Following May’s announcement of plans for a 10 percent value-added tax (VAT) on the sale of digital products and services from 1 July 2020, there’s been further tax-related news from Indonesia.
Reuters reports that a 10 percent VAT is to be imposed on sales by a number of technology firms including major players such as Amazon, Netflix, Spotify and Google.
This appears to be, at least in part, a reaction to changing spending patterns resulting from increased remote working of late. This in turn, can be blamed on the ongoing pandemic: there’s been a fall in business activity and a multi-billion dollar government outlay on dealing with Covid-19.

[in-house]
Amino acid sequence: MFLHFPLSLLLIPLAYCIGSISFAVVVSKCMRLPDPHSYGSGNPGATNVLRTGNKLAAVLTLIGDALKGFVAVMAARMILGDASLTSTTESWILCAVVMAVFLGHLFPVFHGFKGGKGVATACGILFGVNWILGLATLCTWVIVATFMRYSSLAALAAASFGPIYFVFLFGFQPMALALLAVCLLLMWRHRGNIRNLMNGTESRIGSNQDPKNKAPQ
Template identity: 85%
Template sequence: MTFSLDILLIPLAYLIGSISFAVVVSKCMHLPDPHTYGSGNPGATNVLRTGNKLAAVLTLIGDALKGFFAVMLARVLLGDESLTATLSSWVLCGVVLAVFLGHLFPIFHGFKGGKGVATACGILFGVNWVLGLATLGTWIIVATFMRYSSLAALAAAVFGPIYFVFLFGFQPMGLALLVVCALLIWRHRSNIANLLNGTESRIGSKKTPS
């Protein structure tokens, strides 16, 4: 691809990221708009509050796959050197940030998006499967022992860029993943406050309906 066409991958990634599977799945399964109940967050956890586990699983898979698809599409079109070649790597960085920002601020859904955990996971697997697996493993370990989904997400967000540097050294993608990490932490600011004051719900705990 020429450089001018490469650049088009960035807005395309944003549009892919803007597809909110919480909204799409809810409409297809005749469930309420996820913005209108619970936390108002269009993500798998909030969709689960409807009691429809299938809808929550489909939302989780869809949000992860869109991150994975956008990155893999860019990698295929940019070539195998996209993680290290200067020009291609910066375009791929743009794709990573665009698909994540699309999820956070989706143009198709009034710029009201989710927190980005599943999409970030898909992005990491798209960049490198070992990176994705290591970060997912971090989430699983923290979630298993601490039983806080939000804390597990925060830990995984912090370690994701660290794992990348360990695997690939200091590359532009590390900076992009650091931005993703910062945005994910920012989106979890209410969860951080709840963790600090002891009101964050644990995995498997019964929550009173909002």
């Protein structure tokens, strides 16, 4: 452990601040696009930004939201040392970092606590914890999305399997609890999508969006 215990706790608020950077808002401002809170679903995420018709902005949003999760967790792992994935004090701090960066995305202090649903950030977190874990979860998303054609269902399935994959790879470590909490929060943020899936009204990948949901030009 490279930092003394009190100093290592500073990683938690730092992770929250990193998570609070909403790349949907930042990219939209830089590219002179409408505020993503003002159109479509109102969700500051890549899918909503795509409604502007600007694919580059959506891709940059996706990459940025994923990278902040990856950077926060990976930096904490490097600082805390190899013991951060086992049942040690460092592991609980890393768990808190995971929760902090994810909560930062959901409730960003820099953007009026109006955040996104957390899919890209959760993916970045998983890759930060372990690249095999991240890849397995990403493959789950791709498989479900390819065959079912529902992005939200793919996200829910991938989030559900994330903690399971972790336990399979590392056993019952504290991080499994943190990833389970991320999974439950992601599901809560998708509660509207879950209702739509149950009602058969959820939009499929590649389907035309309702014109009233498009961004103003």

The result has been something of a hit on state finances, but the ongoing boom in the digital economy may help to plug the gap.
The May announcement mentioned digital products sold by non-domiciled internet companies “with a significant presence in the Indonesian market, including streaming services, applications and digital games”.
Under the new rules, non-resident foreign firms which sell digital products and services in Indonesia worth at least 600 million rupiah (about $41,667) a year – or which generate yearly traffic from at least 12,000 users – will be required to pay the new VAT rates.
A government spokesperson suggested that the number of companies selling digital products that will be required to pay the VAT is likely to increase.